In recent years widespread attention has been focused on decisions handed down by the Supreme Court that grapple with passionate issues: integration, school prayer, abortion, affirmative action. The appointment of new justices is a highly charged political event although the Court is supposed to be 'above' politics. Amidst the bicentennial celebration of the Constitution and almost daily reports of major confrontations awaiting the highest court's judicial review, John Brigham presents a fresh and innovative examination of the U.S. Supreme Court as the final arbiter of constitutional interpretation.Drawing on philosophy and anthropology, "The Cult of the Court" offers a social scientific investigation of an institution whose authority has come to be taken for granted. The author emphasizes that the Court is an institution and that its authority is founded less in the claim of legal expertise than in hierarchical finality the assertion of political will, not of legal judgment.
He shows how the Court has supplanted the Constitution as the authority in our political world and that what makes legal 'sense' is affected by these factors of institutionalization, bureaucratization, and court-dominated constitutional ism. John Brigham, Professor of Political Science at the University of Massachusetts, Amherst, is the author of four other books, including "Property and the Politics of Entitlement" (Temple).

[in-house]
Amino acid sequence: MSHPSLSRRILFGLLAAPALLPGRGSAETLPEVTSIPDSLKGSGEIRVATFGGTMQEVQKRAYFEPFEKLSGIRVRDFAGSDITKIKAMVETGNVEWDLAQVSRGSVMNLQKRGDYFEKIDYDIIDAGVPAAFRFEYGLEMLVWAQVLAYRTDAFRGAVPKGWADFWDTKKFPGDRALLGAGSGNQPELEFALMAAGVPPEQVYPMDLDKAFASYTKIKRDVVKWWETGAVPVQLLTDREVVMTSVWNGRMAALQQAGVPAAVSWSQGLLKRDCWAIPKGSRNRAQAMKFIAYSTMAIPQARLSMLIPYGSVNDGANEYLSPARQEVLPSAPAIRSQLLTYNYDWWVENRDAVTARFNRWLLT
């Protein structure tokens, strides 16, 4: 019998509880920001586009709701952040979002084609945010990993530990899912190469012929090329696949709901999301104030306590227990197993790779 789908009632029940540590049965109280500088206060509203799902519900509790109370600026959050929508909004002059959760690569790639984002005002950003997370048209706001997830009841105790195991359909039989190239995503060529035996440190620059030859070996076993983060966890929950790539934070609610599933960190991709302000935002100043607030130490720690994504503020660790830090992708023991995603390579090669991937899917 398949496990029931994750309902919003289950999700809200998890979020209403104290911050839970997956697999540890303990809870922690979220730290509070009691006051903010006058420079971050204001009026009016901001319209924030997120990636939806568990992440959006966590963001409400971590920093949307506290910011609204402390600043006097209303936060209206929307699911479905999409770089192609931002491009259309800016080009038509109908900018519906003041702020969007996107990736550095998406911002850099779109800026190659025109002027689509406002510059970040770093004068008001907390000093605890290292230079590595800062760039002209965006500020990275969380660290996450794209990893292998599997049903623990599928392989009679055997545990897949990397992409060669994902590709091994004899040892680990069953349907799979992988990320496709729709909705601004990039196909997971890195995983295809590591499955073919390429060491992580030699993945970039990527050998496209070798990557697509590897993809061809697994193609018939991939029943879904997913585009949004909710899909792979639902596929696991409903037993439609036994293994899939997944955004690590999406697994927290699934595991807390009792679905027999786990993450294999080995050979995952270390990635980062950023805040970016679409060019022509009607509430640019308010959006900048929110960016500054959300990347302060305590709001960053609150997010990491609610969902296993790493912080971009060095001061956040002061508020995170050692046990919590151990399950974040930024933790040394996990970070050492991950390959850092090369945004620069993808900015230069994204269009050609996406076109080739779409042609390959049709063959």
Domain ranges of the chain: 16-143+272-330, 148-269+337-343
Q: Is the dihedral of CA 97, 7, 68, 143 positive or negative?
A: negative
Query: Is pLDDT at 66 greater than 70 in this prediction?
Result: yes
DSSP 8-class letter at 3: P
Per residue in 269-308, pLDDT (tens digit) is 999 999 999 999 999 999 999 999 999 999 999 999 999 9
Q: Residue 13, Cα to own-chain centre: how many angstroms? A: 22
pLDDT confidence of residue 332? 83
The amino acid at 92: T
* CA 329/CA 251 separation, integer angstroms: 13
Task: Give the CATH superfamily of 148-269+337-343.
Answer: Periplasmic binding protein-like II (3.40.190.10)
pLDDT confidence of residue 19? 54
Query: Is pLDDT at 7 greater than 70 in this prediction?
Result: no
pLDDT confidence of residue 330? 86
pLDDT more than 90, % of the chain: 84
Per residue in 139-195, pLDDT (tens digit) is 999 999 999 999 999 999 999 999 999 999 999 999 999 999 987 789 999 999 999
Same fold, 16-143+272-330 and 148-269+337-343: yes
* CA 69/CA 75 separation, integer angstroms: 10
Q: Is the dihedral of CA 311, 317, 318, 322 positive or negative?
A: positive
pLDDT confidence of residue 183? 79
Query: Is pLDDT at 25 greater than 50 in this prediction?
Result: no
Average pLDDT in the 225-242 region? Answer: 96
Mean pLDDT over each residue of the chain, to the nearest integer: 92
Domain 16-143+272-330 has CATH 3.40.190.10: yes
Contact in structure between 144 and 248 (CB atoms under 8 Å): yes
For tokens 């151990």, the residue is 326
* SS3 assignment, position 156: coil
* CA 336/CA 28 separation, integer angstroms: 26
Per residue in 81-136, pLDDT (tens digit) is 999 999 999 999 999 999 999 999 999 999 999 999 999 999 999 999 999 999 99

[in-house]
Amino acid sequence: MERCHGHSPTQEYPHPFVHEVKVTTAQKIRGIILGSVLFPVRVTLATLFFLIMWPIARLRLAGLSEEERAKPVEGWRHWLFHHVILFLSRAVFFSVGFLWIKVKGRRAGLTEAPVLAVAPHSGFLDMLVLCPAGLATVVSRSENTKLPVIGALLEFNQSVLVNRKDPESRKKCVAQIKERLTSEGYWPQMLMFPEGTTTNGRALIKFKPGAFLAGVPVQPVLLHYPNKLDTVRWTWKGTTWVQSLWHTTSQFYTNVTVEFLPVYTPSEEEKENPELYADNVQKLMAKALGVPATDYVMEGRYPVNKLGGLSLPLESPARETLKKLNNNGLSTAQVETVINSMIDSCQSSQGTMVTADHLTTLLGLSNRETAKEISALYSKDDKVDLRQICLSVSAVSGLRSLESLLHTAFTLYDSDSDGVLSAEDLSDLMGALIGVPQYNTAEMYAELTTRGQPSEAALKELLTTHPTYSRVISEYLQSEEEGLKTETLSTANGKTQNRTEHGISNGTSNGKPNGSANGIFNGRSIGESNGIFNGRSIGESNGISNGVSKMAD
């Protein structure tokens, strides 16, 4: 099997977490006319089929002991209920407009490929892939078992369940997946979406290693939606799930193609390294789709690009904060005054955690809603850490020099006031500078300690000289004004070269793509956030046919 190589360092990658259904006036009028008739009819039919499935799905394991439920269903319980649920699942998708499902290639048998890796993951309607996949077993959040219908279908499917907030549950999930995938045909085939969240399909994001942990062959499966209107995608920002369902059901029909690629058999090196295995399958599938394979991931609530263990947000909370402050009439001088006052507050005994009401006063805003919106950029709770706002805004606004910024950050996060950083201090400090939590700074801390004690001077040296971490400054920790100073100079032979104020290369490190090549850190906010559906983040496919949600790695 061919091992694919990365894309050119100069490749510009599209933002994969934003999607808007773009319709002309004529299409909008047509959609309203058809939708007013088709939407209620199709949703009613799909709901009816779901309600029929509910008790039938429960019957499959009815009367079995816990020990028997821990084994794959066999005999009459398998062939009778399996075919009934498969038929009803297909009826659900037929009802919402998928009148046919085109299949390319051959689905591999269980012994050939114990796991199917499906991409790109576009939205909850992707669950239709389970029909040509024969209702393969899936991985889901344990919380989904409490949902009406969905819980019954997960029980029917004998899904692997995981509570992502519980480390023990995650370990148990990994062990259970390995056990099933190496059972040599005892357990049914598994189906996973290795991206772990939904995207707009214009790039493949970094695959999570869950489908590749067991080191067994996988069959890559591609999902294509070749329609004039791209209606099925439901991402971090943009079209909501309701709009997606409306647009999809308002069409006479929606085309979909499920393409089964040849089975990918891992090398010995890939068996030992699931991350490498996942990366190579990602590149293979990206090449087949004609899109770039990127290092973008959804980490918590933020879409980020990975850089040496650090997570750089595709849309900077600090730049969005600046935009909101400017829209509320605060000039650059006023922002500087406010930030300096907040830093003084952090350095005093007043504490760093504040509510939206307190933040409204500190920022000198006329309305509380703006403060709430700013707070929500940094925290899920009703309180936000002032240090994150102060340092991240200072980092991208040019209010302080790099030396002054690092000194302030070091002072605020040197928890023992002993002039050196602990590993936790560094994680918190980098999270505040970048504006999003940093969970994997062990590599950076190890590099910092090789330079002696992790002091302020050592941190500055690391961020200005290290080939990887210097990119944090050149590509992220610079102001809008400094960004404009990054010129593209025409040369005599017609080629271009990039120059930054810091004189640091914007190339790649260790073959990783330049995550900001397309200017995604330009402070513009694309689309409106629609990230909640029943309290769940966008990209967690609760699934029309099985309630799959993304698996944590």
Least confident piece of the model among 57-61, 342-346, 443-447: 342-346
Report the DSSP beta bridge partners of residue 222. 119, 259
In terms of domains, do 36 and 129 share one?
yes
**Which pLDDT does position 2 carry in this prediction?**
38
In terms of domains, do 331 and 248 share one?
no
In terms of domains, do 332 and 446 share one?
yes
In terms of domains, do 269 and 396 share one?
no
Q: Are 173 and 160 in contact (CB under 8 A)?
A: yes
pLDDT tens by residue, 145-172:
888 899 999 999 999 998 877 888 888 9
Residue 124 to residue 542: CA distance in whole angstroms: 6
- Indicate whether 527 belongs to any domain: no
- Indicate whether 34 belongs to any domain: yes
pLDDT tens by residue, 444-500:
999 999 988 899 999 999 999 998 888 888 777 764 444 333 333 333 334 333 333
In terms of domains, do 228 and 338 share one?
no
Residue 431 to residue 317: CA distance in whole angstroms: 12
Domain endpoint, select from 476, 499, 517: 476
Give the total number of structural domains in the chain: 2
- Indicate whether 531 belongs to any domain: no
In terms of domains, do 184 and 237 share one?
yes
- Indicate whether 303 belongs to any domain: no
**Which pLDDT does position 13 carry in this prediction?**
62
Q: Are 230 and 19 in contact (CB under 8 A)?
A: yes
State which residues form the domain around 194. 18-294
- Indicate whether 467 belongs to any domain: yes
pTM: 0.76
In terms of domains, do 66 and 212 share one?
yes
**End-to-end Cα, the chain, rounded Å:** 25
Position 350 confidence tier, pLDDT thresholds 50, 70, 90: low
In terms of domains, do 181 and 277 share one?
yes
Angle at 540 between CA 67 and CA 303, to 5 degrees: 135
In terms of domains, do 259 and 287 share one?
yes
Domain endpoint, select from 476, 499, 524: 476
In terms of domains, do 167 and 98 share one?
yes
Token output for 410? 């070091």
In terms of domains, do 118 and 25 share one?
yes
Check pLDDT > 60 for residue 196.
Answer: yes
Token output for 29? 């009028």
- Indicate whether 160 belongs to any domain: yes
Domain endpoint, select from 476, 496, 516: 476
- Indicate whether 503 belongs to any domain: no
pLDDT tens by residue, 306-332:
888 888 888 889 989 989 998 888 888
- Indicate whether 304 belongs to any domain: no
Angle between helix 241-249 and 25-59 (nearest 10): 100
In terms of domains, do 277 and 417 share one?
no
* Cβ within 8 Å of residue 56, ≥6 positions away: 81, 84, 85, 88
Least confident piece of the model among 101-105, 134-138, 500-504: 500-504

John Brigham, Professor of Political Science at the University of Massachusetts, Amherst, is the author of four other books, including Property and the Politics of Entitlement (Temple).
Introduction 1. The Institution 2. Ideologies of Authority 3. The Cult of the Judge 4. The Institutional Setting 5. Court Business 6. Practices in Action 7. Authority and Policy 8. Beyond the Legalist Paradox Appendix: Supreme Court Budget Requests Notes References Index